Youth obesity rates in Canada have doubled over the past 30 years; among children aged 6 to 17, the rate more than tripled to 10 per cent of the population, according to a study released in June by the Public Health Agency of Canada. The latest government estimates suggest obesity and the chronic diseases linked to it have cost the country nearly $7.1-billion.
Mr. Finkelstein, known as “Fink” during school hours, oversees an entire operation – school garden, wheat field and the Screaming Avocado, a student-run cafeteria – aimed at teaching children the value of real food and how make it for themselves. His days are filled with questions ranging from how to roast pork belly to where lemon juice comes from (“Umm, a lemon.”).
“Our goal is not to train chefs. Our goal is to introduce kids to food and cooking,” he said. “Food is a tool for change.”
Advocates are hopeful that federal policy-makers will consider school meals in the same light.
“In Canada, we haven’t even considered the whole range of possibilities that providing food in schools could offer,” Ms. McKenna said. “It’s such a gaping hole in our social system.”
Global views on food
Outside North America, school meals are viewed more as an investment than a cost.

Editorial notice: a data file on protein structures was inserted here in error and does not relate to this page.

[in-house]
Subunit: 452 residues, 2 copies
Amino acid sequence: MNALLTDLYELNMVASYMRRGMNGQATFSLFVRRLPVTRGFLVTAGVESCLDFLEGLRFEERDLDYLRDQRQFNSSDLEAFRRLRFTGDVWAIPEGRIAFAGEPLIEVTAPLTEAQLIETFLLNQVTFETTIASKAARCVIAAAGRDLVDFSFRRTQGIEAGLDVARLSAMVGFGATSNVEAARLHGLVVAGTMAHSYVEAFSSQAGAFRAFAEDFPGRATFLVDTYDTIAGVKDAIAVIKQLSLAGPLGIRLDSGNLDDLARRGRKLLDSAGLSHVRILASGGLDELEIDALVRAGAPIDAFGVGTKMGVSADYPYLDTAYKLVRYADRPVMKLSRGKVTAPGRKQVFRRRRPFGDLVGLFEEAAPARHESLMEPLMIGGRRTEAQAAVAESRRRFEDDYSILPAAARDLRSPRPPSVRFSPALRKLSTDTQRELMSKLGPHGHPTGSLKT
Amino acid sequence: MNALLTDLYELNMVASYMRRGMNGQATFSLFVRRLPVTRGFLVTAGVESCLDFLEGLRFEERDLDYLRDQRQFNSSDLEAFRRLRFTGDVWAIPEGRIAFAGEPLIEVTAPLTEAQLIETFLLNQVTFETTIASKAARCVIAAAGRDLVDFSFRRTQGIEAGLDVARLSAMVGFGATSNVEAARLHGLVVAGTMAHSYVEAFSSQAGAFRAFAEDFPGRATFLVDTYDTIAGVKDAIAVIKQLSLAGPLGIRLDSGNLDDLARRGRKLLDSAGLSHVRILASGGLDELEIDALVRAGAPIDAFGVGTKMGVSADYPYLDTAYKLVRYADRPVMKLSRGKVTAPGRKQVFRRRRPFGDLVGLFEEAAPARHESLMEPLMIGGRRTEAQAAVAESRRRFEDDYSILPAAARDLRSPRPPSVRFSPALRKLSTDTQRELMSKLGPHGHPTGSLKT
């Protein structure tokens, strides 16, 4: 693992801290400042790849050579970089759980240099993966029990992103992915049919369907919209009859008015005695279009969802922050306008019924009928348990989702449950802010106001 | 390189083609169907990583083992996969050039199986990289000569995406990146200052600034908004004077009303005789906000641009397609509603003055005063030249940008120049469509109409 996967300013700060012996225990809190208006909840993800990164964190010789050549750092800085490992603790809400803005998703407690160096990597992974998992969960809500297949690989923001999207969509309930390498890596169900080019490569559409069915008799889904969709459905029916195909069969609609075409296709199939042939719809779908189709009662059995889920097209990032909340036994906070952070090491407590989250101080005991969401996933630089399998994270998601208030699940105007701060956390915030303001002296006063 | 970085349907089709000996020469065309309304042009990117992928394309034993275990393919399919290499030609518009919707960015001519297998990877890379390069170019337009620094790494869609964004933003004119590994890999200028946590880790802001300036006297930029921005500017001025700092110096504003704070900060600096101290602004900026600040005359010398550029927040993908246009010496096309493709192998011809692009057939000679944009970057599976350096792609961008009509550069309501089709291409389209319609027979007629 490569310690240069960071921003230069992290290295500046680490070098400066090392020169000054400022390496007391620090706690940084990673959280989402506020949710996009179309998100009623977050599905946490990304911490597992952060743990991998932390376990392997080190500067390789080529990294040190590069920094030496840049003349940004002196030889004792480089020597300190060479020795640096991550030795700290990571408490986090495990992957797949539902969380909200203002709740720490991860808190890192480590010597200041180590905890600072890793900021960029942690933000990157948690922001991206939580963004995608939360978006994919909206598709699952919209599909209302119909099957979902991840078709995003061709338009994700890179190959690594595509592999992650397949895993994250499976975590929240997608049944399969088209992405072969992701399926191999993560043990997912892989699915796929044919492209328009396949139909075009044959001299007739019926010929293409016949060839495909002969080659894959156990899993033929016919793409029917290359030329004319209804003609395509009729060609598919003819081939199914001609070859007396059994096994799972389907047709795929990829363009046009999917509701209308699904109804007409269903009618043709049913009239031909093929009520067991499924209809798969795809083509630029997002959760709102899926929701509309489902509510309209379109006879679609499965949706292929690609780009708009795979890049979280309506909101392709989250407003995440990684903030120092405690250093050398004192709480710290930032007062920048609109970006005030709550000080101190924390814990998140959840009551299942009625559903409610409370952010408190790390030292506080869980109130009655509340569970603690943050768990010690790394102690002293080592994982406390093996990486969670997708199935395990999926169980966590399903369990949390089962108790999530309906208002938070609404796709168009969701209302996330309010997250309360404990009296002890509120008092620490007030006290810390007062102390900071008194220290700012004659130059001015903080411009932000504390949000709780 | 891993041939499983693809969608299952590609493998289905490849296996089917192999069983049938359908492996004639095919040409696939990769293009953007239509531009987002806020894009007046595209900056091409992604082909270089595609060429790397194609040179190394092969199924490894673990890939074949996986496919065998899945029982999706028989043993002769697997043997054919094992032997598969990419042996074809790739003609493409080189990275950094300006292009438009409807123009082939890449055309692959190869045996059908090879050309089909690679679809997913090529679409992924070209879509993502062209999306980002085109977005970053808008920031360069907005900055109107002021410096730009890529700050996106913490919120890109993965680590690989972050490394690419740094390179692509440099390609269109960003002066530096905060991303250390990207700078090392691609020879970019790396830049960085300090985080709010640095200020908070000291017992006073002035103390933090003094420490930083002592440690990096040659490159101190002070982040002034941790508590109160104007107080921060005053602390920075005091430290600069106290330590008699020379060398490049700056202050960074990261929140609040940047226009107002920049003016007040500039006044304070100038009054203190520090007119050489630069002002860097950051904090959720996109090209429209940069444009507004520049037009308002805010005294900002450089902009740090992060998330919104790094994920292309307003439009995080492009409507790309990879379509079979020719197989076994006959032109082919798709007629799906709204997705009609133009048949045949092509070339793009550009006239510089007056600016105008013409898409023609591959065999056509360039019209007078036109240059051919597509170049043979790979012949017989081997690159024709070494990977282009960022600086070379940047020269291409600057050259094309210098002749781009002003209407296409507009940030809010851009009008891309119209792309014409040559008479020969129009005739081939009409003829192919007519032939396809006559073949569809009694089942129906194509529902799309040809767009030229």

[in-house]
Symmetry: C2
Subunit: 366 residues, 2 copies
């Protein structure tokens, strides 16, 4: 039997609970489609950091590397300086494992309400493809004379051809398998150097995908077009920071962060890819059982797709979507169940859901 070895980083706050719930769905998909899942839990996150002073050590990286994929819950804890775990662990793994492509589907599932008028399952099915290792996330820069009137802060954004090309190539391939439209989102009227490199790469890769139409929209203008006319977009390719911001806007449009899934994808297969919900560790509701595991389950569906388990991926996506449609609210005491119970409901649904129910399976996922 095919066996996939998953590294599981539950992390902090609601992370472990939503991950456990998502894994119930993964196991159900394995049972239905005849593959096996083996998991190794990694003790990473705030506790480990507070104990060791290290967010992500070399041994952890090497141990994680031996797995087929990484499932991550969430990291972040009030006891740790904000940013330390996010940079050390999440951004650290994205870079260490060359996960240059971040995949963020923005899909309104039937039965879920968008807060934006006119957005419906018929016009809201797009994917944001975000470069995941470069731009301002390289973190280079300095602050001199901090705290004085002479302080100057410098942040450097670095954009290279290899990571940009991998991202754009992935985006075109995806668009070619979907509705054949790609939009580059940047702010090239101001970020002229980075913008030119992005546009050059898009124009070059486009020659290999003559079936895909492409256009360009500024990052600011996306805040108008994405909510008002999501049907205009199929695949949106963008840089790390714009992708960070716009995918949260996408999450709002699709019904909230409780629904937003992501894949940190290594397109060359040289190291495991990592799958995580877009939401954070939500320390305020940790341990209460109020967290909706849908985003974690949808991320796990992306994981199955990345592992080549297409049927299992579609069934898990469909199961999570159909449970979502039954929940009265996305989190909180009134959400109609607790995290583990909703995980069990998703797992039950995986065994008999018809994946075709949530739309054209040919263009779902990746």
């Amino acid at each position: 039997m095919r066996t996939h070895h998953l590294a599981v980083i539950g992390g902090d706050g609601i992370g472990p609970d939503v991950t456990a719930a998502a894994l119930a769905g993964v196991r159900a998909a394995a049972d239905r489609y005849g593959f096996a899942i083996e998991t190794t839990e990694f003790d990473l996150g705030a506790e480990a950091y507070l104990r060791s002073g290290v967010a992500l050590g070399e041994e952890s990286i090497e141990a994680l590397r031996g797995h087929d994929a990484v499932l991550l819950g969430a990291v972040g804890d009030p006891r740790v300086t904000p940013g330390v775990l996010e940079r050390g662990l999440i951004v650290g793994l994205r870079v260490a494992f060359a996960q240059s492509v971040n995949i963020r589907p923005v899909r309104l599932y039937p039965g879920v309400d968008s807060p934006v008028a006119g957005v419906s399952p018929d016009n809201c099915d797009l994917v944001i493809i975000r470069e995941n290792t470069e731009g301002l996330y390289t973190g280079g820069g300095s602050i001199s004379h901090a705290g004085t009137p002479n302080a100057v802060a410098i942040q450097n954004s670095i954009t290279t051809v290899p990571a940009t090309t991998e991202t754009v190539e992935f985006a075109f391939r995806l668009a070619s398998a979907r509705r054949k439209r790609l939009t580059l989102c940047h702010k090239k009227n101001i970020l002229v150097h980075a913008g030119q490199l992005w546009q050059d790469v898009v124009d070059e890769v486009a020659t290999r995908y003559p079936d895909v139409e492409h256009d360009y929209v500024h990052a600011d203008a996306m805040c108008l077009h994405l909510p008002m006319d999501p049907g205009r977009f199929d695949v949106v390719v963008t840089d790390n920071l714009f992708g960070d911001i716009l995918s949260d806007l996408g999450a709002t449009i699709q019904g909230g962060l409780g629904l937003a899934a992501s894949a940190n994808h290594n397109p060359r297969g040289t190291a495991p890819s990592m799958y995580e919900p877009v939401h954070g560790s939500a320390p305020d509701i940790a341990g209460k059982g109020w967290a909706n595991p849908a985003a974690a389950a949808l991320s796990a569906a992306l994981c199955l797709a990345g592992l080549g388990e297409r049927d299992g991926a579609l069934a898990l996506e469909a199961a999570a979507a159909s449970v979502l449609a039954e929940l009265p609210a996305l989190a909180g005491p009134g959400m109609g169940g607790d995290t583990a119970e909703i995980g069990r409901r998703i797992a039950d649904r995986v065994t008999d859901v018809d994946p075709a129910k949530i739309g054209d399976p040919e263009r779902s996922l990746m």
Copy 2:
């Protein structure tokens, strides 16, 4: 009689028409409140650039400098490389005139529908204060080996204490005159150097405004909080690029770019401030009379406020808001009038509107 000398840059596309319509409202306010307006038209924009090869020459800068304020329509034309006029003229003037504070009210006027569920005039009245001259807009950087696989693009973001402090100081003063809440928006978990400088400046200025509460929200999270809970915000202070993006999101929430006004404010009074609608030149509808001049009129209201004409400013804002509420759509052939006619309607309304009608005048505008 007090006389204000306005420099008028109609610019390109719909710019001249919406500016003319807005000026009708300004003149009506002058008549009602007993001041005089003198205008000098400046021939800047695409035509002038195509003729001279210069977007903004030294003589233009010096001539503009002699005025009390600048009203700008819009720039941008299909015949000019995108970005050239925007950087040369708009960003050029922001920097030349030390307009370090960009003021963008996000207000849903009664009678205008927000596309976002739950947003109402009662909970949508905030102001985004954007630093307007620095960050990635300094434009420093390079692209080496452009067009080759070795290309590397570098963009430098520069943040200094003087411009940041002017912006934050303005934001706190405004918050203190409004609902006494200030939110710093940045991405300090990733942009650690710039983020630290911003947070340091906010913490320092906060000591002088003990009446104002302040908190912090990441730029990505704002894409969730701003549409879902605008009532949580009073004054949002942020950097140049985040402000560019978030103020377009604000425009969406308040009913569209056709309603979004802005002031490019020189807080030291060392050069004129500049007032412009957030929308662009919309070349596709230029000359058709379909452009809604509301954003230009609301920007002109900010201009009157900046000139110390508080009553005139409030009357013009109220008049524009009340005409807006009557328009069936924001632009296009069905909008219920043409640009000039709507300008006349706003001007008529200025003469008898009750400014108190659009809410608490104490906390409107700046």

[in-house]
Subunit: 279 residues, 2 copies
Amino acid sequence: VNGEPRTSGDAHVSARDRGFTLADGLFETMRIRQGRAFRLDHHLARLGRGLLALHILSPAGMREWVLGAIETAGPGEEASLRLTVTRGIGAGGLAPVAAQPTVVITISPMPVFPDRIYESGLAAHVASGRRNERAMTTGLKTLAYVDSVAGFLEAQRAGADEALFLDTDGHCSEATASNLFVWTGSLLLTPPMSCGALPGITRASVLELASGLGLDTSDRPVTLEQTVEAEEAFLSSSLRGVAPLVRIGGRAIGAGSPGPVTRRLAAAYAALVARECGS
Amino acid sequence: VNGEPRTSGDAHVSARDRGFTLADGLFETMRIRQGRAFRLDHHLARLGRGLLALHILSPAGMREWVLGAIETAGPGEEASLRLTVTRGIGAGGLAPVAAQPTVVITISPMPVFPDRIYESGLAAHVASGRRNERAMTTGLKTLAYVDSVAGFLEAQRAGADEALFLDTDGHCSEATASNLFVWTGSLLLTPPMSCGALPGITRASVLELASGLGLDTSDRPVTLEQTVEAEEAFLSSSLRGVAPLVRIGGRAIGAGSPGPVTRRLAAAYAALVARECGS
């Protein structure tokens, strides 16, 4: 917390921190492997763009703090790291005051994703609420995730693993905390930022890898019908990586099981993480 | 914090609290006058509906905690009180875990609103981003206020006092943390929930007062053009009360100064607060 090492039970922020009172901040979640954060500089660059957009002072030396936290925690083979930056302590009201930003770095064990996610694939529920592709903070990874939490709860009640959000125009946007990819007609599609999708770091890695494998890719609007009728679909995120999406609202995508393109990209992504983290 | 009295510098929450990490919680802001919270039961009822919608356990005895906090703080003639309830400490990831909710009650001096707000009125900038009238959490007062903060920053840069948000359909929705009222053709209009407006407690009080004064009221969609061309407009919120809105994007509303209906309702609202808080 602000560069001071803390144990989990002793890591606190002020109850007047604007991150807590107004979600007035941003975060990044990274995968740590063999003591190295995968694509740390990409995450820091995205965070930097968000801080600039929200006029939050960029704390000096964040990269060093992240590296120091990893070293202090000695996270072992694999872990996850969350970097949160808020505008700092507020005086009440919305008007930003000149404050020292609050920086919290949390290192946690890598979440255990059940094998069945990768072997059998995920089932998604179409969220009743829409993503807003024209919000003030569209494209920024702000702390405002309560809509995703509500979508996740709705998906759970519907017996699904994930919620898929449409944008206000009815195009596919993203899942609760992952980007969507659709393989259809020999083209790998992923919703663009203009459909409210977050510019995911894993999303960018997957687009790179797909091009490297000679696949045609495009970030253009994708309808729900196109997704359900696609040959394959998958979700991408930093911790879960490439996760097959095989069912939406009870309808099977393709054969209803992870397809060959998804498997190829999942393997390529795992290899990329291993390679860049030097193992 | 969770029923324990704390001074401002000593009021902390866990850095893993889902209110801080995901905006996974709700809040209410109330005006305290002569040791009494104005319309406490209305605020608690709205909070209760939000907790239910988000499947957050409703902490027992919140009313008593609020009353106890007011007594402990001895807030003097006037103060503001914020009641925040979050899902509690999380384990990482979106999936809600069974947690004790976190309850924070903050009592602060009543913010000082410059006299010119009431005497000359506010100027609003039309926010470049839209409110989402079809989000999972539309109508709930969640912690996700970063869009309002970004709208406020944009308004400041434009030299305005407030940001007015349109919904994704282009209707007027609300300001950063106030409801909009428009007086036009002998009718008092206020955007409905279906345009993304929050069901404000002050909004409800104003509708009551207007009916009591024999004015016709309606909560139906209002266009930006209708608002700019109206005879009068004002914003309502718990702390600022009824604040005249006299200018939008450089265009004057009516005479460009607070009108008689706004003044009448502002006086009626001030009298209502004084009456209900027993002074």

In France, students are fed a fresh, multi-course meal each day and taught table manners; school administrators even send suggestions for dinner recipes home as part of the effort to train young taste buds.
In Sweden, children between the ages of 6 and 16 receive a hot meal each day under laws set by the National Food Administration. Pupils choose from three entrees, a vegetarian dish and a salad bar with at least five fresh choices; milk and bread are also served.
In Brazil, where food is a constitutional right, a massive national program feeds 47 million students at 190,000 schools each day; it is championed not only for improving student nutrition, health and social development, but for providing wider employment, feeding the agricultural economy, local food system and regional economic development.
In Italy, school meals are seen as a central part of education about national culture and health. Low-income families receive a 25 per cent discount on food; for the poorest, meals are free. More than half of the meals consist of organic food.
In Japan, children aged 6 to 15 receive school meals. A government initiative aims to ensure 50 per cent of the meals are made with local ingredients.